The Hog Drive to Daggett


A totally unrelated photo of Leslie Kirchner riding his pig reminds me of the legend of the Daggett Pig Drive.

There were too many pigs, and it would have been too expensive to have them hauled to market, yet the little girl’s family needed the money to live in a hotel in Long Beach or someplace like that. The decision was made to drive the hogs to the railroad depot in Daggett as an old-fashioned cattle drive to Abilene. Betty was excited.

There were hogs and pigs as far as the eye could see, being guided by drovers experienced not with driving pigs but with small cattle. One-eyed Ben, the old man, said, “Driving pigs is just like driving tiny cows, except they don’t have horns, which is good because pigs are angry.” The hogs snorted, grunted, and squealed as they hurried down the dusty road. The trick, however, was to keep them from running and losing all their weight.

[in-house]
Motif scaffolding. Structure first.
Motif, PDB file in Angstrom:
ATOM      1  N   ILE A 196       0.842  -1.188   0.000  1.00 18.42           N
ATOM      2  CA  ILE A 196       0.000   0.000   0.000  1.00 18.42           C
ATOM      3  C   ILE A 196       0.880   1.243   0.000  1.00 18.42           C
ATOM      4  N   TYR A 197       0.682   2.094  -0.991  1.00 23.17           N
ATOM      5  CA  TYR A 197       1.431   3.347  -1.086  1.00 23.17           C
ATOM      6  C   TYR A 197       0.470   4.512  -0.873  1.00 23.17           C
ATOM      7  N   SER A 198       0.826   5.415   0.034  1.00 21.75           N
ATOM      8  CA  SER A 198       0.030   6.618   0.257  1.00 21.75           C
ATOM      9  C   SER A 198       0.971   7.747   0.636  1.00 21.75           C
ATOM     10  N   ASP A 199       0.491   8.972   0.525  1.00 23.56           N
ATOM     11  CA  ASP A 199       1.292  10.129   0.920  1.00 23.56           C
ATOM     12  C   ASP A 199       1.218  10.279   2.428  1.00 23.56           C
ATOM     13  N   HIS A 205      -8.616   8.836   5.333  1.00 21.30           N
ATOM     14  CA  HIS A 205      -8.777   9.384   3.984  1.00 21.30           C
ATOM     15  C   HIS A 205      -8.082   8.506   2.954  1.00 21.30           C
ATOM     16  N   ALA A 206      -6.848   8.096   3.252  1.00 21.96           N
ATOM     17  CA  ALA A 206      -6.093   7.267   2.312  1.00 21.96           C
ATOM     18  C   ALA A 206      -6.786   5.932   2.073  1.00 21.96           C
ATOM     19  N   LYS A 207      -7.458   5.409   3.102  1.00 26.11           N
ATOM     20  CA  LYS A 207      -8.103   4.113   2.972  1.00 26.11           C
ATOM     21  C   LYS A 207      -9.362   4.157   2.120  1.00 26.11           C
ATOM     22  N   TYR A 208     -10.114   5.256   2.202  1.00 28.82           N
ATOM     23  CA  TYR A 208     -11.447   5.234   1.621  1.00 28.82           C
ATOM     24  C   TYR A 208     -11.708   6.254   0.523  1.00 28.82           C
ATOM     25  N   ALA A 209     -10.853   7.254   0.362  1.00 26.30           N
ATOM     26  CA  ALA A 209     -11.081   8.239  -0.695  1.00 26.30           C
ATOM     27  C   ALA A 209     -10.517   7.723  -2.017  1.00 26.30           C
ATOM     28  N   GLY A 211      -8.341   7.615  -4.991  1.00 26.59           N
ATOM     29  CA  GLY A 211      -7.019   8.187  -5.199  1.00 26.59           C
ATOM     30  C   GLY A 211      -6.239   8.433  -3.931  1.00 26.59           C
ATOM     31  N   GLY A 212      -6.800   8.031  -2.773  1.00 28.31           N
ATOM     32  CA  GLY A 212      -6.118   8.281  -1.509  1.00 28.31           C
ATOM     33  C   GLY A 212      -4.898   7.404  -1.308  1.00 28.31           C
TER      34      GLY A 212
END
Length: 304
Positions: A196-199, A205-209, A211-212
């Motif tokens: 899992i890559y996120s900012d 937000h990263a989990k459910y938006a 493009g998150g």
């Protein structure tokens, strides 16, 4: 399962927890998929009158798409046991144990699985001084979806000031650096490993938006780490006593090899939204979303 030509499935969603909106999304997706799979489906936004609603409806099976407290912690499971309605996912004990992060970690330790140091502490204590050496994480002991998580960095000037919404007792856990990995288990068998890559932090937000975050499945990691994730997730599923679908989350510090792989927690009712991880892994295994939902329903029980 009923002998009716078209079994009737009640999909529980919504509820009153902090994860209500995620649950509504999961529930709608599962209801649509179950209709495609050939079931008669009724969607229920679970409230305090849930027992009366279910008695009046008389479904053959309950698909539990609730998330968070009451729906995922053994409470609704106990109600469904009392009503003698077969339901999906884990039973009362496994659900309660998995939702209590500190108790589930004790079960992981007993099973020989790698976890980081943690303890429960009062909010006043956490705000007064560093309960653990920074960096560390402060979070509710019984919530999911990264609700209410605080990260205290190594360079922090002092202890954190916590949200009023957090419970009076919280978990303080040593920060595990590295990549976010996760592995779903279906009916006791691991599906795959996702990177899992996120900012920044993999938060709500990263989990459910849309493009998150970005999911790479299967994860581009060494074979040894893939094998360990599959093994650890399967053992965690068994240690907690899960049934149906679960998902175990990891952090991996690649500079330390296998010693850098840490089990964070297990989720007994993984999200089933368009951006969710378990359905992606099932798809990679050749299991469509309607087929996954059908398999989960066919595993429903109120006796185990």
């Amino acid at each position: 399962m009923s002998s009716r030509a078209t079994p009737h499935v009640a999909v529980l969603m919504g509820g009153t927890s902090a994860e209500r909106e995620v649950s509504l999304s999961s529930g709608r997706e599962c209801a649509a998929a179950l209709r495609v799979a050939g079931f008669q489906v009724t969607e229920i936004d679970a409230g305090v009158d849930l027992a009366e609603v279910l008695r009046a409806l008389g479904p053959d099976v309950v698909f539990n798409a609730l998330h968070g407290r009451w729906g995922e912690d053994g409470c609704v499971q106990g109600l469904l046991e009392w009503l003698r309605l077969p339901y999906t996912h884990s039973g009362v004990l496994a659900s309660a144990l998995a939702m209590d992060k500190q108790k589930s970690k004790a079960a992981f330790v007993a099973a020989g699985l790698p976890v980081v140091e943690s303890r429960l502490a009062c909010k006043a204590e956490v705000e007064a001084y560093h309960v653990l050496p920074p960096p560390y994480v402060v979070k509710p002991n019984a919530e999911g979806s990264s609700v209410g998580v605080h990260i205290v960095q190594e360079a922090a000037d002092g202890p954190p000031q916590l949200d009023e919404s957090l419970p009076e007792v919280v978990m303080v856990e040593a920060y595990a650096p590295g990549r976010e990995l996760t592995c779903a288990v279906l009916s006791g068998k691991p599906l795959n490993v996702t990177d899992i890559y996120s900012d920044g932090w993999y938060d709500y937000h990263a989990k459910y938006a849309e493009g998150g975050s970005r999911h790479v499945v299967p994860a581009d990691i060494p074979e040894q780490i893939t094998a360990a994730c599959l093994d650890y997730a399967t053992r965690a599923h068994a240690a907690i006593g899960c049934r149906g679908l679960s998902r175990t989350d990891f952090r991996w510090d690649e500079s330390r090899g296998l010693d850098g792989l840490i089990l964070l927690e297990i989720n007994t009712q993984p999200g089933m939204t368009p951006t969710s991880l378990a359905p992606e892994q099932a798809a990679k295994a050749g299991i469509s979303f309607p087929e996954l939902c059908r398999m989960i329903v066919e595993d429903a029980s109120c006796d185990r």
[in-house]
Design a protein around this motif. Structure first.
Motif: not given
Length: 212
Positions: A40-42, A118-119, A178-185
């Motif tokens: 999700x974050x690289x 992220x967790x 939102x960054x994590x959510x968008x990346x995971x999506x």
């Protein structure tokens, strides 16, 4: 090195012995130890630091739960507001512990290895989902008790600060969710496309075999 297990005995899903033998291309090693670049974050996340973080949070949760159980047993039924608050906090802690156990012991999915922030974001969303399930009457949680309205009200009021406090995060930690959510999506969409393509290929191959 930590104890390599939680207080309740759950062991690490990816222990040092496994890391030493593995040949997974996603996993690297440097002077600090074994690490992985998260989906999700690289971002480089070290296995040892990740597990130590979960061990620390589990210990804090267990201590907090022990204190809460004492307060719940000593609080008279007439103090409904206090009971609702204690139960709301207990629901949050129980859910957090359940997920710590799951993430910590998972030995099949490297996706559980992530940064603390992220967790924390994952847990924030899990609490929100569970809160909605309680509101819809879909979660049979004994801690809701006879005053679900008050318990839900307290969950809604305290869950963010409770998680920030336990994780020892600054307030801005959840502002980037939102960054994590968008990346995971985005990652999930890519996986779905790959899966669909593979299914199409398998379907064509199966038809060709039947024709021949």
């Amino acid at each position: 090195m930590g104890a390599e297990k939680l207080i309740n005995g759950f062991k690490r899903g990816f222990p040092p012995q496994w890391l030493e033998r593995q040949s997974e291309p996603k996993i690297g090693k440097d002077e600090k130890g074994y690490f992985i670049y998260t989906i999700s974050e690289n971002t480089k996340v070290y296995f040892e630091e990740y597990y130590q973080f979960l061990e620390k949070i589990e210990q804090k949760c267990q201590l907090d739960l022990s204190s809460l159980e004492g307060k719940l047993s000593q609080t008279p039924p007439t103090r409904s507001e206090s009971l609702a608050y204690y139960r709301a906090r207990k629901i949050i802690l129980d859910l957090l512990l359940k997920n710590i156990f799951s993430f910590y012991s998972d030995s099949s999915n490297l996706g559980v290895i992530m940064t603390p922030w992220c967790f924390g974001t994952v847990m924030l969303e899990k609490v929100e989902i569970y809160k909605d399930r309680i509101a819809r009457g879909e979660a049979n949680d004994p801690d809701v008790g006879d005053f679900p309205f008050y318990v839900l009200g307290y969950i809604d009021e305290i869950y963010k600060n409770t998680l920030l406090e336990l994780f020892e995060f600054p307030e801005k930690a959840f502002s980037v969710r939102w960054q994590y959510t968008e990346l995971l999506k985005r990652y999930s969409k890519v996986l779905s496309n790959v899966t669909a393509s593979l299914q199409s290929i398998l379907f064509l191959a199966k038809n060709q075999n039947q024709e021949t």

Little Betty cried when her father told her pigs were classified into ‘lard’ or ‘bacon.’ That meant the dreams of her two favorite pigs, Willis and Tina, wouldn’t be getting a pig wedding and then having a pig family together. Their future looked dark. “Lard or bacon?” thought Betty.

“Cheer up, Betty,” her father told her. “Have a stick of gum.”

And she did, and she stopped crying and went to live in a hotel in or near Long Beach.

The End

Fiction inspired by a true event as described in “Daggett, Life in a Mojave Frontier Town,” by Dix Van Dyke – Edited by Peter Wild.